They should indeed get used to playing these venues, one day soon, they’ll be headlining at them, but it’s fantastic that they’re getting the opportunity to be broken in gently to playing to large audiences.

You’re off on tour with fellow Liverpudlians, The Wombats again soon, are you looking forward to
it, and what do you expect from the experience?

‘It's going to be a boss tour! Every show is sold out, except the show in London.

We always look forward to touring, especially when all the venues are a few thousand people a night, it makes all the hard work pay off.’

Your upwards trajectory is going very nicely. When can we expect your album to drop?

‘We are hoping to drop the album early in 2019.’

You’re on the bill for a one-day festival. What’s your dream line-up and who’s headlining?

‘The Night Café headlining of course!


Fleetwood Mac

Title Fight

Jets to Brazil for our manager Rob’

The answer shows both a supreme confidence that they would be headlining above two of the biggest bands of all time, and the diversity of their influences. We know all about the two below Night Café, but the other two bands are somewhat unexpected; Title Fight, the American hardcore/shoegaze merchants and now-defunct Jets to Brazil relay a knowledge of alternative music that you might not associate with the band. However, their penchant for big-sounding, melodic alt- rock pulses similarly through both bands.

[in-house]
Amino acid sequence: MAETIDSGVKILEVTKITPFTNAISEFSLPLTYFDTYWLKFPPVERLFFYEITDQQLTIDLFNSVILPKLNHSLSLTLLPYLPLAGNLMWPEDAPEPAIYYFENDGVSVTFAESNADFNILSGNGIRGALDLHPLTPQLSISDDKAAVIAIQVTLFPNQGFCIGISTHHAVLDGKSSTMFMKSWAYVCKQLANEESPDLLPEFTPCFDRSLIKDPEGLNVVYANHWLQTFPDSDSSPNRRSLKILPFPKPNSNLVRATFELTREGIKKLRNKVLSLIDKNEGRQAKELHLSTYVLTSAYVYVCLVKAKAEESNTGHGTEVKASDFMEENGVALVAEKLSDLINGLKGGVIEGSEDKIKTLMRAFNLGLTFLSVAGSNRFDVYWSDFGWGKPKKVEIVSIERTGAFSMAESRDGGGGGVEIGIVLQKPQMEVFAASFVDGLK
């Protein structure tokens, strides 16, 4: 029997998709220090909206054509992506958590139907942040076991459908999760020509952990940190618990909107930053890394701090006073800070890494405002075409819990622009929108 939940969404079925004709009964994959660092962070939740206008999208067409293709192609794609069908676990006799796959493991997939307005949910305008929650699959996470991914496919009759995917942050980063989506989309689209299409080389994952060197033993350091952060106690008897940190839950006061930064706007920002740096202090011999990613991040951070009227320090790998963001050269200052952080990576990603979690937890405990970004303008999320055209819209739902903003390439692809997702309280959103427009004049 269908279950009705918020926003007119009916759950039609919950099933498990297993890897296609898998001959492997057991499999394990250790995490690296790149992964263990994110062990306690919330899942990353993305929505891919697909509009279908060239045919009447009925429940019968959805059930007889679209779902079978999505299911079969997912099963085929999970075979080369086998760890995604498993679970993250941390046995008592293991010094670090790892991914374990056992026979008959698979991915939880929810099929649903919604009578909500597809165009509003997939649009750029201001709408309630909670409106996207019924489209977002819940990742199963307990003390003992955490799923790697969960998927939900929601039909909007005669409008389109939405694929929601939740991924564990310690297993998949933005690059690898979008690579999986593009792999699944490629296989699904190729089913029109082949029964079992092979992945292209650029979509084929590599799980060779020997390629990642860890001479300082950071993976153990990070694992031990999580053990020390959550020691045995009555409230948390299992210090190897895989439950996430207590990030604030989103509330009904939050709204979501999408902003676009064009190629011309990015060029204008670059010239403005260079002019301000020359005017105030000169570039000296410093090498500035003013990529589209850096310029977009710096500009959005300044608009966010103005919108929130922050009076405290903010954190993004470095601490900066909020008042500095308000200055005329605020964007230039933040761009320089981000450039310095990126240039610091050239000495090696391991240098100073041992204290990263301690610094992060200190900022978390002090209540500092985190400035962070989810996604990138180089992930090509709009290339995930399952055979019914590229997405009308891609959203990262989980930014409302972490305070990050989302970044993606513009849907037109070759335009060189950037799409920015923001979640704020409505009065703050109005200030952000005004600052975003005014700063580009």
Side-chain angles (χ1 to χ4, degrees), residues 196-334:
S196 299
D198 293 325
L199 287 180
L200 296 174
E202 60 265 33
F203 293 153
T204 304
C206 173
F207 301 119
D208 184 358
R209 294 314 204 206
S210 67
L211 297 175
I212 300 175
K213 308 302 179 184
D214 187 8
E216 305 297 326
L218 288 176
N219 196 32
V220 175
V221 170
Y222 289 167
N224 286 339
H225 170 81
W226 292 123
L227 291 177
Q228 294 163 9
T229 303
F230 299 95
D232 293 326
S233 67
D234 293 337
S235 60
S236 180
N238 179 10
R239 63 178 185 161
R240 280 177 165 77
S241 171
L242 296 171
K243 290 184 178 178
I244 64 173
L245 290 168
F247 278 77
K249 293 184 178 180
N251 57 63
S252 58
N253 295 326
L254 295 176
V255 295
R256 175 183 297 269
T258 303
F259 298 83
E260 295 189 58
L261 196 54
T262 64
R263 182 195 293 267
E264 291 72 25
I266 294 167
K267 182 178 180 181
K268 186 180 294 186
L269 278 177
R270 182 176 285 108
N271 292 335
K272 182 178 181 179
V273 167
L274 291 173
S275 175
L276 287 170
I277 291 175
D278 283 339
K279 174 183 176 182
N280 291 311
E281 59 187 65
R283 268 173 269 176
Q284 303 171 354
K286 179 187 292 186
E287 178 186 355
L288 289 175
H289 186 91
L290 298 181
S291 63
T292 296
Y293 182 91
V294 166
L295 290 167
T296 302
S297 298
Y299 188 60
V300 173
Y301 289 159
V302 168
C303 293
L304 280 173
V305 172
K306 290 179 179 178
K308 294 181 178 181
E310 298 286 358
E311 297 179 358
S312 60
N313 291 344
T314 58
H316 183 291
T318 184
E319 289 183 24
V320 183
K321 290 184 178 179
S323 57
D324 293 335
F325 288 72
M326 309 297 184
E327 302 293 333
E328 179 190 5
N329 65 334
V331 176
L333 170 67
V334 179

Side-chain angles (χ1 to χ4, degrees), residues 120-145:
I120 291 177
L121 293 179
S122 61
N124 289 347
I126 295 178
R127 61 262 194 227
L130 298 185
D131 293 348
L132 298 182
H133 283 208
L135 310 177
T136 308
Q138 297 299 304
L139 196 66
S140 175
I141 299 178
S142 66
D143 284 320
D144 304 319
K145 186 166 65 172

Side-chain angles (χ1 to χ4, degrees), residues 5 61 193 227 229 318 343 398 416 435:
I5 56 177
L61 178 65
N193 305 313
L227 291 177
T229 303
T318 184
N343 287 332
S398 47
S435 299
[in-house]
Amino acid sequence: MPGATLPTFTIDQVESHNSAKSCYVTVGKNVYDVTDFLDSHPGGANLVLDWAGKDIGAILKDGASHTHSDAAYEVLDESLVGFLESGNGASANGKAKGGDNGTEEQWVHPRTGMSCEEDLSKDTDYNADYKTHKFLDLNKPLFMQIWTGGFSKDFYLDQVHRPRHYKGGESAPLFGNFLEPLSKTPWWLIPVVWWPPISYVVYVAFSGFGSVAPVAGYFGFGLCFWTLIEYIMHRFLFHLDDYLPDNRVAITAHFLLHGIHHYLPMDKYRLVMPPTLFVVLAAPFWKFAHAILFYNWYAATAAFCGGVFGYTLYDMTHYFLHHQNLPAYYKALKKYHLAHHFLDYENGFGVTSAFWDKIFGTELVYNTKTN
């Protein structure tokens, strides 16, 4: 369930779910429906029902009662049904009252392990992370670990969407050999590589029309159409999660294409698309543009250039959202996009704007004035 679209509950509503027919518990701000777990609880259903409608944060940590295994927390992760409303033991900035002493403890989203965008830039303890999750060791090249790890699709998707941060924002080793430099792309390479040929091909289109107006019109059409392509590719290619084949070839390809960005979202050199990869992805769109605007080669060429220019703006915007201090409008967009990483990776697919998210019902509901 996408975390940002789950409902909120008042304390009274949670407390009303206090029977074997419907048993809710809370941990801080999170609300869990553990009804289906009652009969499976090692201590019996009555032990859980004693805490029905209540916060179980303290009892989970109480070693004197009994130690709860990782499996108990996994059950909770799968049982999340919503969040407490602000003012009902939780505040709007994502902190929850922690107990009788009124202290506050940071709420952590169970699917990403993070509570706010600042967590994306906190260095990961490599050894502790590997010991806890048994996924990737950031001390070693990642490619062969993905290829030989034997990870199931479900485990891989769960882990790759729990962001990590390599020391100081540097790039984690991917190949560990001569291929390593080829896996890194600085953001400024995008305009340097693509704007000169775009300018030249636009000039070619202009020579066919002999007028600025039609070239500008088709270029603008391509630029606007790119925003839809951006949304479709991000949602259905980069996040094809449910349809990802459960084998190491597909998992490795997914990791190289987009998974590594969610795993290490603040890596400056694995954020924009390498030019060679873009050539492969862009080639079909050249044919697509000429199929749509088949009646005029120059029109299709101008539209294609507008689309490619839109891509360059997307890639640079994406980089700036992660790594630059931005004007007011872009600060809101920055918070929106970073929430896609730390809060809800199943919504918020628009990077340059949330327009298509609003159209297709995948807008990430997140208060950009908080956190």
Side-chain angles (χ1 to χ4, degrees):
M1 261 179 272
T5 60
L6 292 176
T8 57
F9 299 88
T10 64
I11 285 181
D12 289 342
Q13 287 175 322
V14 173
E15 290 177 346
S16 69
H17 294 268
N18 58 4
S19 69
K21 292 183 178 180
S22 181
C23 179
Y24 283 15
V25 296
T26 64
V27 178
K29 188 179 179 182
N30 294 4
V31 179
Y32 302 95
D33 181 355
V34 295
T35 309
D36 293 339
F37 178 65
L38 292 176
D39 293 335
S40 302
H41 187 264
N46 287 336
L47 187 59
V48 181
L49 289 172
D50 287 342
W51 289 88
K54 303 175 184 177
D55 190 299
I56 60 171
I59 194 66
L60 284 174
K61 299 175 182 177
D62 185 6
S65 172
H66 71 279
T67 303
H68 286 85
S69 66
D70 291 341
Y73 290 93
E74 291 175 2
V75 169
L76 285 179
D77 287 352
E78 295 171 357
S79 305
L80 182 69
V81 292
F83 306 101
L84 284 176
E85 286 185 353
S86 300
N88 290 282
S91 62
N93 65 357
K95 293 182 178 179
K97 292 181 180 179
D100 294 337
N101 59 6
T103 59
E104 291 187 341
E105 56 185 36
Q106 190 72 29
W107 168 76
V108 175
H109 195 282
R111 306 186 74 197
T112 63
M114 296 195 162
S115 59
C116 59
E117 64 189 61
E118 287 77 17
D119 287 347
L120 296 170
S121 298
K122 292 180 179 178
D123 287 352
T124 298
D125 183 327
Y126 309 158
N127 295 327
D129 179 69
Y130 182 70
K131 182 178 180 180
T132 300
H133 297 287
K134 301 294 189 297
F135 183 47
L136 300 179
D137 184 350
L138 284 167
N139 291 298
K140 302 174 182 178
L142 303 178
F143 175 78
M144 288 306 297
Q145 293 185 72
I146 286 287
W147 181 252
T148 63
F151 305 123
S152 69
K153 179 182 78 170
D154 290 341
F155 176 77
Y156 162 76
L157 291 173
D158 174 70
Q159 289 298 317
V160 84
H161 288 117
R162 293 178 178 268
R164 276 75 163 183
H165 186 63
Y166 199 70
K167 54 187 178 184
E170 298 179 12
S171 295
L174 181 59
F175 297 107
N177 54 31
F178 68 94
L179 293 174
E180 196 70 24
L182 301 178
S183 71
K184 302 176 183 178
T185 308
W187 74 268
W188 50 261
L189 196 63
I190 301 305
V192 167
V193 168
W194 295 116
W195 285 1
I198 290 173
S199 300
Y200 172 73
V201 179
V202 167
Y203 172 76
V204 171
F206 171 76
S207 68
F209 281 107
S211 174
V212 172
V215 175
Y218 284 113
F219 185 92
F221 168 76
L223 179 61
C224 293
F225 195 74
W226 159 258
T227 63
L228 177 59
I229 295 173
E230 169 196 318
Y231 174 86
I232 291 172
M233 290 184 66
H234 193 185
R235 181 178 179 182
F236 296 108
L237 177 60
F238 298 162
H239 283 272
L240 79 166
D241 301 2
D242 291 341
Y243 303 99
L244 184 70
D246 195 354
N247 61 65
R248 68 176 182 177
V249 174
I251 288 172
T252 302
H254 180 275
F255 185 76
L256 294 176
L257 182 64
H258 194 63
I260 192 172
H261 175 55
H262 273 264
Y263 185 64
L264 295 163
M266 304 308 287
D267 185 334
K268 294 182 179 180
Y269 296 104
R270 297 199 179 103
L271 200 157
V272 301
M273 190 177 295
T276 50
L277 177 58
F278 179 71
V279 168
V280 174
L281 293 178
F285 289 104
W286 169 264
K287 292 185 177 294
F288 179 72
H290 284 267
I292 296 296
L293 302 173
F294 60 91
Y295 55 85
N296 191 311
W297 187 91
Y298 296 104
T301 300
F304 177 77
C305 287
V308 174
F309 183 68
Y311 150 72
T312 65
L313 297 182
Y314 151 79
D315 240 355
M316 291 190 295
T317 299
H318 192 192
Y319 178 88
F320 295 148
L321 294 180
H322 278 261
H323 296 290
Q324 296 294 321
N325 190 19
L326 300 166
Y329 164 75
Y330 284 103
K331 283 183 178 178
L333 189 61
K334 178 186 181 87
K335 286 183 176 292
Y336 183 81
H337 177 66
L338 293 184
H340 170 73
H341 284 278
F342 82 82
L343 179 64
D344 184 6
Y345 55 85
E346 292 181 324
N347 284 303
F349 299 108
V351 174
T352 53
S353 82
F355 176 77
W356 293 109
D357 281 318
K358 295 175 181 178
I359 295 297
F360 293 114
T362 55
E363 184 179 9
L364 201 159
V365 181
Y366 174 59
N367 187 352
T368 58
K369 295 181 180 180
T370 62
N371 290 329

Do you think British guitar music’s in a healthy state right now? Why/why not?

‘We will make it the healthiest state again! I think there are a lot of bands trying to be the bands they grew up loving, we just want to be ourselves and make what we want, if every British band done that it'd be a lot different!’

It’s an astute observation, indeed. I have to ask the burning question next:

Are you Reds or Blues? Are you enjoying the current season?

‘Haha there is a 50/50 split - half of us reds and half blue. Me and Arran are loving the season so far haha, Josh and Sean aren't too happy, but they don't really care haha.’

It’d seem that Carl and Arran are Liverpool fans, and I highly doubt that the others don’t care. Everybody in Liverpool cares about football in my experience. I’m sure it’s just the woeful season that Everton are having that elicits the apparent nonchalance.

This will be your biggest headline tour so far, what can we expect? Any new tunes in the set?

‘Expect to have a great time! We have two new tunes in the set and are very excited to play them’

Who would you say are your peers at the moment? If you could pick 2 bands to go on a
joint-headline tour with, who would they be?

‘We recently done a tour with Blaenavon and PLAZA, and would love to do it again!’

It looks like you’re going to get pretty big. Are you going to go ‘full rock-star’ or is it important to stay grounded?

‘Now and again it's okay to go full rock star ahaha, we're all pretty grounded people anyway, definitely wouldn't forget our roots!’

Of course it’s okay to tear it up. Who wouldn’t? But it’s reassuring to hear that they’re prepared to stay close to their roots. I note that their seems to be an extremely close bond between the band and their fans, which is special even at this early stage in their career. It’s obviously important to maintain that.

Are you looking forward to playing Hull? Do you have any expectations? If so, what?

‘We've only played Hull once at Cub Fest in Autumn, so it would be good to get more attention there. We plan on putting on a show for everybody!’

And that they will. Their star is firmly on the ascendant, and we can expect their next foray into Hull’s live music arena to be in a larger venue as they’re definitely destined for great things. Most dates on their upcoming tour are sold out already, so that’s a clear indication of their upwards trajectory. You really need to catch these lads at The Polar Bear while you can still see the whites of their eyes. You won’t get the chance again.

Book your tickets for The Night Cafe at The Polar Bear 01/02/18 HERE.